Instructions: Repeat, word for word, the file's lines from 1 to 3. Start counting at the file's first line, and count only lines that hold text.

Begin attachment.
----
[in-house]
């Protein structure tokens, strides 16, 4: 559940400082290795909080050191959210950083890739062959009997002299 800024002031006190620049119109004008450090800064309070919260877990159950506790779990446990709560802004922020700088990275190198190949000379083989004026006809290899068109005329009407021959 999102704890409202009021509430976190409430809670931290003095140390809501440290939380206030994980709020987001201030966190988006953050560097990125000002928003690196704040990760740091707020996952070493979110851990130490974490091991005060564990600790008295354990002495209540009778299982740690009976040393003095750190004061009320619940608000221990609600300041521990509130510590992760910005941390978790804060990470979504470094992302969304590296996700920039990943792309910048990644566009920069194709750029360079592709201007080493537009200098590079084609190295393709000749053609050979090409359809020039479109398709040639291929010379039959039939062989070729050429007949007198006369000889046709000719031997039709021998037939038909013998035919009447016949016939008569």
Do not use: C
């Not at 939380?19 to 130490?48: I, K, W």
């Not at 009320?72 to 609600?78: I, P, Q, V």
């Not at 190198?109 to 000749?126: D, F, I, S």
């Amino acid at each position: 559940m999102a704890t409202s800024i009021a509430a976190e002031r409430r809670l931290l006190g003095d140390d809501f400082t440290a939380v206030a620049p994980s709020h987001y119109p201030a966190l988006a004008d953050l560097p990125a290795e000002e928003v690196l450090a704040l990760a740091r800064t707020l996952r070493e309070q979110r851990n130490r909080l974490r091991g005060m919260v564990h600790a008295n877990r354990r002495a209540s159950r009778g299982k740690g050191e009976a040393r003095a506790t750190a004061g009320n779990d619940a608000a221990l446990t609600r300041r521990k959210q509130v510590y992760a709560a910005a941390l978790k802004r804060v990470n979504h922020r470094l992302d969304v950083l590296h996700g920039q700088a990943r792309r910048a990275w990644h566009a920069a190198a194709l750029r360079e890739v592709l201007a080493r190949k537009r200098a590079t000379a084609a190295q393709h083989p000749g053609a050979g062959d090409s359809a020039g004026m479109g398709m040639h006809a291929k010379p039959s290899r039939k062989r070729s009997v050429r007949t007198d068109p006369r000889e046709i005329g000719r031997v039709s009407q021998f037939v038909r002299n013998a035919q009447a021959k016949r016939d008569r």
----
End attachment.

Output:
[in-house]
């Protein structure tokens, strides 16, 4: 559940400082290795909080050191959210950083890739062959009997002299 800024002031006190620049119109004008450090800064309070919260877990159950506790779990446990709560802004922020700088990275190198190949000379083989004026006809290899068109005329009407021959 999102704890409202009021509430976190409430809670931290003095140390809501440290939380206030994980709020987001201030966190988006953050560097990125000002928003690196704040990760740091707020996952070493979110851990130490974490091991005060564990600790008295354990002495209540009778299982740690009976040393003095750190004061009320619940608000221990609600300041521990509130510590992760910005941390978790804060990470979504470094992302969304590296996700920039990943792309910048990644566009920069194709750029360079592709201007080493537009200098590079084609190295393709000749053609050979090409359809020039479109398709040639291929010379039959039939062989070729050429007949007198006369000889046709000719031997039709021998037939038909013998035919009447016949016939008569």
Do not use: C